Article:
Hollito said...

Steve,

it was interesting to read your thoughts about the drug problem.

Because of your blog entries I started to think about it and tried to find a solution - but I failed.

Whatever will be done, may be the false thing.

Thinking about that matter, I remembered something I experienced when I was in Sweden (worked there for a few weeks installing german machinery in a paper factory):

In Sweden, alcohol is really expensive and the shops selling alcohol are cross-barred (is this the right term?) like jeweler shops in other countries.

We got an invitation from one of the workers in the paper factory to come to a party. That was nice, because we did not have much contact to other people around there, we just worked 10 hours per day to get things done.

When we arrived at the party, I could not believe my eyes:
The whole house was FILLED with alcohol, not beer or wine, only the "harder" stuff. Most people (even the women) on the party were really drunk when we arrived. This party was really more "hefty" than any other I have seen in Germany, even you can buy alcohol here much cheaper and without any problems.

To cut it short: Laws and regulations are one thing, but people will find a way to get around this things - in Sweden people told me, that nearly everyone has his own distillery in the barn or basement...

If somehow a way to cut off the drug transports through MX would be found - there would be another way to get the drugs into the USA. :-(
A big problem in this matter IMHO is, that MX is corrupt down to the bones - I am saying this as someone who really likes MX, but this is reality. :-( So the first thing to stop drug transports through MX would be to fight corruption. But, to be true, I do not have any hope this will happen.

Steve Cotton said...

hollito -- You are correct: the drug issue is a very complex problem, and trying to come up with a solution will be difficult. I have started writing a summary, but I keep running into issues similar to the one you described. Maybe tomorrow. Of course, more analysis than solution.

Anonymous said...

Considering how much money and effort the USA and Mexico and other "cooperative" countries spend fighting the drug war, and then how cheap, plentiful, and easy-to-obtain drugs are in the USA, it's a really valid question how much more drug use and addiction might rise with legalization. Perhaps an even better question would be how much the balance of problems might tilt to worse. Certainly if you legalized drugs, you would immediately bankrupt the drug cartels and stop the associated violence. This would have to be counted as a huge good, and would do more to ensure peace and democracy in Latin America than billions of dollars in drug eradication funds, and endless foreign policy exercises in certifying governments as cooperative in the war on drugs.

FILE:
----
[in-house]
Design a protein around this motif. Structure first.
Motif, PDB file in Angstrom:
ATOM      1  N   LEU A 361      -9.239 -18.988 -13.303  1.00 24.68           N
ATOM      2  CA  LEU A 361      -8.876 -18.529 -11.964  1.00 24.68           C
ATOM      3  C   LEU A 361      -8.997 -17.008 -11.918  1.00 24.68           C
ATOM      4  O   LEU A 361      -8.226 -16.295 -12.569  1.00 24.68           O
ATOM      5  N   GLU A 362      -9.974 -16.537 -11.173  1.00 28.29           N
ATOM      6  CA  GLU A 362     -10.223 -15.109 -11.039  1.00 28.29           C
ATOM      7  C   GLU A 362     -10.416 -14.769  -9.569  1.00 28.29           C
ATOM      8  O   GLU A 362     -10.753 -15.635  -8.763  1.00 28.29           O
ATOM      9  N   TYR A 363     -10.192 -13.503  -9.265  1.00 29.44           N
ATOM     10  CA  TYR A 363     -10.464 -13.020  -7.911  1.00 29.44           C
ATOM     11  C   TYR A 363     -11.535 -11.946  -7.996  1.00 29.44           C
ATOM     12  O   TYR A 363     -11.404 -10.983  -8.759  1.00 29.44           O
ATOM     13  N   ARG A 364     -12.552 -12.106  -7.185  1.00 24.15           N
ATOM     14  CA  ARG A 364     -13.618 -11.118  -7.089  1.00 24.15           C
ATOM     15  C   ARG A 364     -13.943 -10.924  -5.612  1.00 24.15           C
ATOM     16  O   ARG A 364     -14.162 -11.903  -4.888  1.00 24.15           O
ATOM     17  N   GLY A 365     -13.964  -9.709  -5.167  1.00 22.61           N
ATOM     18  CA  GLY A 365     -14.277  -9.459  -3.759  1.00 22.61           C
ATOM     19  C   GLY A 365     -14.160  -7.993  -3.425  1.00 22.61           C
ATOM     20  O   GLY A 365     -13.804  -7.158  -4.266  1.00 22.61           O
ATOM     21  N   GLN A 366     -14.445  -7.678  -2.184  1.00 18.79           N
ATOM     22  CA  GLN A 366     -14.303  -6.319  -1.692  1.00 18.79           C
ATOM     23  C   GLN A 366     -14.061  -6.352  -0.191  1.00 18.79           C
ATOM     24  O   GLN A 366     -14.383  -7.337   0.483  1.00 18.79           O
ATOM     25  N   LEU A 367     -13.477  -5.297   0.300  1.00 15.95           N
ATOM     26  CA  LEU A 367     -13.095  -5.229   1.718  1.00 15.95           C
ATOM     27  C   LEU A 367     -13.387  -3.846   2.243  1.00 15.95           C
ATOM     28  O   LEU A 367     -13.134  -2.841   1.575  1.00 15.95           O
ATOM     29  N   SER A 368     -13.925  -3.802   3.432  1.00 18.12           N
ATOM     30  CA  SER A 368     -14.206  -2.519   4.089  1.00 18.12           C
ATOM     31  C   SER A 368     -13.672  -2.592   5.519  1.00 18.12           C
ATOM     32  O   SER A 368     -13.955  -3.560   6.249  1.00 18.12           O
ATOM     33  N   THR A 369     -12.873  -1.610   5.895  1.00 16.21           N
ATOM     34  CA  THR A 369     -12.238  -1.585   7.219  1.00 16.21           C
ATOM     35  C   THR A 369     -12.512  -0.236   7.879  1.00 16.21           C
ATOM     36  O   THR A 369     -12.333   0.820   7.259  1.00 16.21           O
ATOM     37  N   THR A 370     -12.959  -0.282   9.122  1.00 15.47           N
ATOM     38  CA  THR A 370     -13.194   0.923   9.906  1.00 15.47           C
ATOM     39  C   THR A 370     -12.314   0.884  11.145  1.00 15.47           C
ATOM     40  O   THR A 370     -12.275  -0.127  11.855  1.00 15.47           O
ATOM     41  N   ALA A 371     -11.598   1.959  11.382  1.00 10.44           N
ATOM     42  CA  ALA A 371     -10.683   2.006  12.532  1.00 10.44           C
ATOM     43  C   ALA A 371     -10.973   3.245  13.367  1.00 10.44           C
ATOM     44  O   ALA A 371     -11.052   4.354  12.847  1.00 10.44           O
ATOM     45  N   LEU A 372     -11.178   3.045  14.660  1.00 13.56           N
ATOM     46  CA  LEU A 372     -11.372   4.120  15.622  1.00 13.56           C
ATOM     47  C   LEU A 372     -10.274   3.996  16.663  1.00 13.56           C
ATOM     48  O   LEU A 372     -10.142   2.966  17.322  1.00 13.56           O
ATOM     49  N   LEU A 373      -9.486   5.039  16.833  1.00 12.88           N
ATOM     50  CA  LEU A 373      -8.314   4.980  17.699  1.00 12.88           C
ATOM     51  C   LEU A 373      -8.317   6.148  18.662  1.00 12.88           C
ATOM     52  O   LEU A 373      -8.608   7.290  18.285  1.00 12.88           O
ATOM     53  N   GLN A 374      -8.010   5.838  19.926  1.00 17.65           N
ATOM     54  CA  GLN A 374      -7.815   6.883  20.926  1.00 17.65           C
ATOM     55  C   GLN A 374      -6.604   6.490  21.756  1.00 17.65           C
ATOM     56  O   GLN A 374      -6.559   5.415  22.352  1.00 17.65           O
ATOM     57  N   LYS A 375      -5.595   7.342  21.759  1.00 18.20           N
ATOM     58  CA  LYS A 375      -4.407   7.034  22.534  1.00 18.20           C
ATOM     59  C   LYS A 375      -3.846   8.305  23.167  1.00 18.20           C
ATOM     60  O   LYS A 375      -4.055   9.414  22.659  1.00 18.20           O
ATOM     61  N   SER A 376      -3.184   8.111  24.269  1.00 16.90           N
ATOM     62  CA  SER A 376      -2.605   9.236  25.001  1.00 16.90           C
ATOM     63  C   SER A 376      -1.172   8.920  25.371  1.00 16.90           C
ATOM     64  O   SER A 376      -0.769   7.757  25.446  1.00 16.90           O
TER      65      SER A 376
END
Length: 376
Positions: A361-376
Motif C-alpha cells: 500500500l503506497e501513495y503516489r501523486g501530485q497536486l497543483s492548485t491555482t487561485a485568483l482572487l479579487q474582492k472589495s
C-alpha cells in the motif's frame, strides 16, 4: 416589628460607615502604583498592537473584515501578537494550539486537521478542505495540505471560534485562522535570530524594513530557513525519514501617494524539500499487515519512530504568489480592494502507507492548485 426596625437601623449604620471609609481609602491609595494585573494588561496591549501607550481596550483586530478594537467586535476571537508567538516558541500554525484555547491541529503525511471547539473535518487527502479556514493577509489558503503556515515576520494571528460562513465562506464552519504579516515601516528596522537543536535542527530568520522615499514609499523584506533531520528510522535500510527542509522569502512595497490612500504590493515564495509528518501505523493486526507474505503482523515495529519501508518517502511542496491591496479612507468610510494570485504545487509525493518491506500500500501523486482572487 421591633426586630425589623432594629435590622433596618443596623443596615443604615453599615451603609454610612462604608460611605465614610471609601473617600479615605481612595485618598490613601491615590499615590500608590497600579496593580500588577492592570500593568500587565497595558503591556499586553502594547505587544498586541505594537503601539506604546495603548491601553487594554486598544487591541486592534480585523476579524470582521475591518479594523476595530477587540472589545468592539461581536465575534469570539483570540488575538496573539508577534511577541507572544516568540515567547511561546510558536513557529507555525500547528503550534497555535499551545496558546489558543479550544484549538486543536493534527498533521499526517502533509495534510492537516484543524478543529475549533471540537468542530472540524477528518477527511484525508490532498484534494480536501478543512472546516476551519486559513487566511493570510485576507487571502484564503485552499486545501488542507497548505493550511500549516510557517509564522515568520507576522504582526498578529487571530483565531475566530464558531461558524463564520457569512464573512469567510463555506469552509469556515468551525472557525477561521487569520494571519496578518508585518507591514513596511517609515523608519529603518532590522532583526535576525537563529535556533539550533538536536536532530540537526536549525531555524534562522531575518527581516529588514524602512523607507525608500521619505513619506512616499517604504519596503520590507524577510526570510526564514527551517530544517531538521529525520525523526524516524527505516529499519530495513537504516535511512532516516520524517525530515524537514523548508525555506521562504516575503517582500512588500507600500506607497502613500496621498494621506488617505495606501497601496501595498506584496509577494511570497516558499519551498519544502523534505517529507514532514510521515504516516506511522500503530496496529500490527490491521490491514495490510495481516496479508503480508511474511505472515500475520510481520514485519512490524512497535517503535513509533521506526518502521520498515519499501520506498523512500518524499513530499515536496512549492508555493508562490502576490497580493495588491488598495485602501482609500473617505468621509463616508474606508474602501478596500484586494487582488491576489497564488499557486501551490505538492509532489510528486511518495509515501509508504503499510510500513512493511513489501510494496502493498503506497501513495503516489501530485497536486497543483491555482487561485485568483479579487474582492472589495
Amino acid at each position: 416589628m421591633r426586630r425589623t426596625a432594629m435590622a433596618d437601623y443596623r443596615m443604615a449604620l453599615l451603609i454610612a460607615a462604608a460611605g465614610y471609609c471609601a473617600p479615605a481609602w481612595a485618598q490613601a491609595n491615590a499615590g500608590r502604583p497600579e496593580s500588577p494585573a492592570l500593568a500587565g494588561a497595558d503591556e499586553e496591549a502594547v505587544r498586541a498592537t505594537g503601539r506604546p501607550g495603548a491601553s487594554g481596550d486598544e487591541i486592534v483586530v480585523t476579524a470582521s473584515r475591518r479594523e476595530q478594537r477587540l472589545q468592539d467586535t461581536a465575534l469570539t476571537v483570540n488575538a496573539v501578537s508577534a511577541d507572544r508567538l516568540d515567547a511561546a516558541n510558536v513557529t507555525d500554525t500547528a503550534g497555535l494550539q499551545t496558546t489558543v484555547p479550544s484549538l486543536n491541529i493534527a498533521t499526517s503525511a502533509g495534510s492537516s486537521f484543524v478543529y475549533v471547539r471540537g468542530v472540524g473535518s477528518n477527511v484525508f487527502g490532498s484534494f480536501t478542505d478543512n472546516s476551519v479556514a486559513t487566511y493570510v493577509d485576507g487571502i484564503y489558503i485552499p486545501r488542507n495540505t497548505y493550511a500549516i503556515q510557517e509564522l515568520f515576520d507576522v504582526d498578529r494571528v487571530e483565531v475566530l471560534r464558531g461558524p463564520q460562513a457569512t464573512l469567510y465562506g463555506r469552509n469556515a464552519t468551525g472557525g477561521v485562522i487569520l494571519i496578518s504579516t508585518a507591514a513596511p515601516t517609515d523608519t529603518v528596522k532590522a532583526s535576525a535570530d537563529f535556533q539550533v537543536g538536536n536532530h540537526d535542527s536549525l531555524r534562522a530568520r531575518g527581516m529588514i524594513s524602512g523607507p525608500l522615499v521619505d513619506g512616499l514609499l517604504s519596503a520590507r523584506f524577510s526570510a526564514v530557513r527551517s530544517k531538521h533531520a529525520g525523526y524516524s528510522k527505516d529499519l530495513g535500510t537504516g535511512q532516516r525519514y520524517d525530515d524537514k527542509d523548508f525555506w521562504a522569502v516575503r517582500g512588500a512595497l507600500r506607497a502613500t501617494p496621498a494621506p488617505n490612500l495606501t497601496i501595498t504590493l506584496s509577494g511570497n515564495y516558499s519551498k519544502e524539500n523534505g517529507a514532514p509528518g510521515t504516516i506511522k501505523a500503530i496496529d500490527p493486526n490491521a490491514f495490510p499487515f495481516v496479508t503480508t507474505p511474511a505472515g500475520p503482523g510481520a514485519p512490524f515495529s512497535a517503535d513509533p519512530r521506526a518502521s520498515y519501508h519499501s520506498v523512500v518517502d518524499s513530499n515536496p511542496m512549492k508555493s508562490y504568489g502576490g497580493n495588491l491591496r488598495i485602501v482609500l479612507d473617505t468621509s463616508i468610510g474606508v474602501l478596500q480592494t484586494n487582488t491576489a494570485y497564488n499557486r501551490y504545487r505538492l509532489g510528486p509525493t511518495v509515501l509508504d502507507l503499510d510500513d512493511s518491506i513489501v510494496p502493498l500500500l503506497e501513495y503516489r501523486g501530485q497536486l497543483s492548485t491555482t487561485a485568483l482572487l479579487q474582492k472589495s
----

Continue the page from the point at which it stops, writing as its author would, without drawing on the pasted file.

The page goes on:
Even taxed, its highly likely that drugs,once legalized, would largely flow through legal channels. Look at alcohol, a highly taxed product. When was the last time someone offered to sell you moonshine? Sure it exists, but its a tiny problem, a problem the government views more as a loss of tax than anything else.

In terms of drug usage, yes it would probably rise under a freedom regime. So the question is how much would self-destructive, harmful use rise? We don't, of course, know the answer to that question, but it would likely rise somewhat. However, with an associated tax stream, which we currently lack, and the "peace dividend" from the end of the war on drugs, we'd likely have a lot more funds to spend on addiction treatment, education, and other more effective countermeasures. And we'd also likely suffer fewer accidental overdoses, which typically stem from inconsistent drug potency, and lower transmission of disease from things like AIDS as clean syringes would be cheap and plentiful.

Too often the debate ends up being argued between maintaining the status quo on one hand, and the horrors of abuse and addiction that would supposedly come from legalization. Well, we already have the horrors of abuse and addiction, despite an increasingly draconian set of penalties for drug possession and the draconian war on drugs itself. And we have hundreds of thousands of otherwise peaceful citizens wasting away in jails at a cost of $35K to $40K per capita per annum for having possessed or sold drugs. This too has to be counted as a high cost, both human and fiscal, of the status quo.

Frankly, it's really hard to make a rational argument that the status quo is somehow better than the alternatives.

Steve, thanks for your insights on this important matter.

Kim G
Boston, MA

Steve Cotton said...

Kim -- Thanks for the thoughtful response. You have added some common sense touches to this debate. But, then, you always do. The exchanges between you and Michael are a pleasure to read. One of these days I may run into you down south.